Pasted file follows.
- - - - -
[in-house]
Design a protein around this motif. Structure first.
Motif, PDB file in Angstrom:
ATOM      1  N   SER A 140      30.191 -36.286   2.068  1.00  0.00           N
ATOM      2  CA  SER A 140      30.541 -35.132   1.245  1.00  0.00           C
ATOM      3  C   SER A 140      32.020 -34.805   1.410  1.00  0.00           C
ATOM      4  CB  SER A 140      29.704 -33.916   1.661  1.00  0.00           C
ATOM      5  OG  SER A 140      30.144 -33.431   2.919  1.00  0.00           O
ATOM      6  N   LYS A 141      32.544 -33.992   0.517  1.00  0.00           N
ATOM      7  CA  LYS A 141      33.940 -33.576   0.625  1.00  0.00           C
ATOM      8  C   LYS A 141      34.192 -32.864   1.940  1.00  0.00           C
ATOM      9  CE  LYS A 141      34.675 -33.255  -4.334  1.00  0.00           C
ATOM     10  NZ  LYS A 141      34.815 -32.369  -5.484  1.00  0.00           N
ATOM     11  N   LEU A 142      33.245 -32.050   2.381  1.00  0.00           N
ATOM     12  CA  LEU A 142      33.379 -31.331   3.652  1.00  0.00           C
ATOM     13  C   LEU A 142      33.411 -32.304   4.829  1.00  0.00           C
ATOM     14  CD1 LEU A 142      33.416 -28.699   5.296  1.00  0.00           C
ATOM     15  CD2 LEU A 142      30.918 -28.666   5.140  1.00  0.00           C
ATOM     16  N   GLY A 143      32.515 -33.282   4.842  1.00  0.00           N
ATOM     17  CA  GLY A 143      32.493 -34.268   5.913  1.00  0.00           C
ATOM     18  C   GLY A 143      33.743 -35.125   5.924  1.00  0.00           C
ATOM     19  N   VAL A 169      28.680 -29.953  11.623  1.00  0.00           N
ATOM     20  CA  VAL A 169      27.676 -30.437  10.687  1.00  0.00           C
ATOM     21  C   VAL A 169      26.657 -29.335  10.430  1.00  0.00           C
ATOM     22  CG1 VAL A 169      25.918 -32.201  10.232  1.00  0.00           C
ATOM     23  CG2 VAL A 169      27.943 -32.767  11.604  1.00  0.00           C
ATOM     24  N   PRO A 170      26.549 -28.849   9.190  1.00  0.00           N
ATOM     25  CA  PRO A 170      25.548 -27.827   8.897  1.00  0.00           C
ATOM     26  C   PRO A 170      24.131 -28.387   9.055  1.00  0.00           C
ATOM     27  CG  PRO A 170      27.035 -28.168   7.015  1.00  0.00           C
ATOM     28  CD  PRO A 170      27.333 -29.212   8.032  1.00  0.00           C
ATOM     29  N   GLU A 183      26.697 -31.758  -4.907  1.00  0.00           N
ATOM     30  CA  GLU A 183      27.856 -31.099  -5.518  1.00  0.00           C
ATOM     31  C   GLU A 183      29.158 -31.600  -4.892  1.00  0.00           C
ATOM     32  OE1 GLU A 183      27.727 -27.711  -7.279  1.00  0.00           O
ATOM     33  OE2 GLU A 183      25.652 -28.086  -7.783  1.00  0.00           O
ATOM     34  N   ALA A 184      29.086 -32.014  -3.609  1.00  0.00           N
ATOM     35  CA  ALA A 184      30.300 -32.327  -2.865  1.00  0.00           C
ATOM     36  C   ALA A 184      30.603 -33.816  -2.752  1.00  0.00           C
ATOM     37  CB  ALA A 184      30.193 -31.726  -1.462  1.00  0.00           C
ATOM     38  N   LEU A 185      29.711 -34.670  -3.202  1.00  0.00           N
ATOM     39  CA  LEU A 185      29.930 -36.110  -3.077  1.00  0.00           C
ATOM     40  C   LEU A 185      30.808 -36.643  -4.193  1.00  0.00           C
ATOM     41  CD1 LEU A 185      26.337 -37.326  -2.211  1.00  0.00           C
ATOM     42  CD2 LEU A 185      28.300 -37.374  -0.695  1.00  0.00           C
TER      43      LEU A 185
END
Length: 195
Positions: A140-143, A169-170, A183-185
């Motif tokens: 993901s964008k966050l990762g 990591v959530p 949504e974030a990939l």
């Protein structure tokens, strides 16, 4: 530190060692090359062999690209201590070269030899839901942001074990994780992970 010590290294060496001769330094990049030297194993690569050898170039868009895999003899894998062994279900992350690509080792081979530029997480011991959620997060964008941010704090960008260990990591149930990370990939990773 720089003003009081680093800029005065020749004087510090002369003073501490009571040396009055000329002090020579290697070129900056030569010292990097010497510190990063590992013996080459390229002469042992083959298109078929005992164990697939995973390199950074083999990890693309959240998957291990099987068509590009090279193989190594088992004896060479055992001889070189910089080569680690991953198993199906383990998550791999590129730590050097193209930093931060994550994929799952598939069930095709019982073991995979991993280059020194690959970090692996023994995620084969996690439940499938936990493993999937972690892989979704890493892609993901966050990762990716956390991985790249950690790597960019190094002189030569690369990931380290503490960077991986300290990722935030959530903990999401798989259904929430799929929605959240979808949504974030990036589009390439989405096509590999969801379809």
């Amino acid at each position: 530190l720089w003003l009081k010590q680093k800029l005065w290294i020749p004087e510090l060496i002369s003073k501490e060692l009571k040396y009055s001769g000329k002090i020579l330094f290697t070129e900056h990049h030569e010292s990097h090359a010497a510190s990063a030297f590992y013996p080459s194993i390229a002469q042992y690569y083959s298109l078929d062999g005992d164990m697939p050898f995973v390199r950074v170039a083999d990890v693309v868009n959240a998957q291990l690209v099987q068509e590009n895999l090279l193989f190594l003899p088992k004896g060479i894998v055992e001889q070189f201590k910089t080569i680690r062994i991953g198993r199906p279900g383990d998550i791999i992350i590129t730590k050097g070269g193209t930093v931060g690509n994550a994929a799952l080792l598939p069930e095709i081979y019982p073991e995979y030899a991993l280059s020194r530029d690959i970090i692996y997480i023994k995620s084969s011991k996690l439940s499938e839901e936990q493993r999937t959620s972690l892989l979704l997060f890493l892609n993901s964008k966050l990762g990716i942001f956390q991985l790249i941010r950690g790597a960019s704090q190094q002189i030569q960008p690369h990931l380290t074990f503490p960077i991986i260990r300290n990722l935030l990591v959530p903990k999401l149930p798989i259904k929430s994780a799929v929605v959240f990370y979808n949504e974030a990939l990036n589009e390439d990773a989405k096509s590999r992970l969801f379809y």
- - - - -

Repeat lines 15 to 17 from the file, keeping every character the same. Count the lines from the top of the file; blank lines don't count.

ATOM     12  CA  LEU A 142      33.379 -31.331   3.652  1.00  0.00           C
ATOM     13  C   LEU A 142      33.411 -32.304   4.829  1.00  0.00           C
ATOM     14  CD1 LEU A 142      33.416 -28.699   5.296  1.00  0.00           C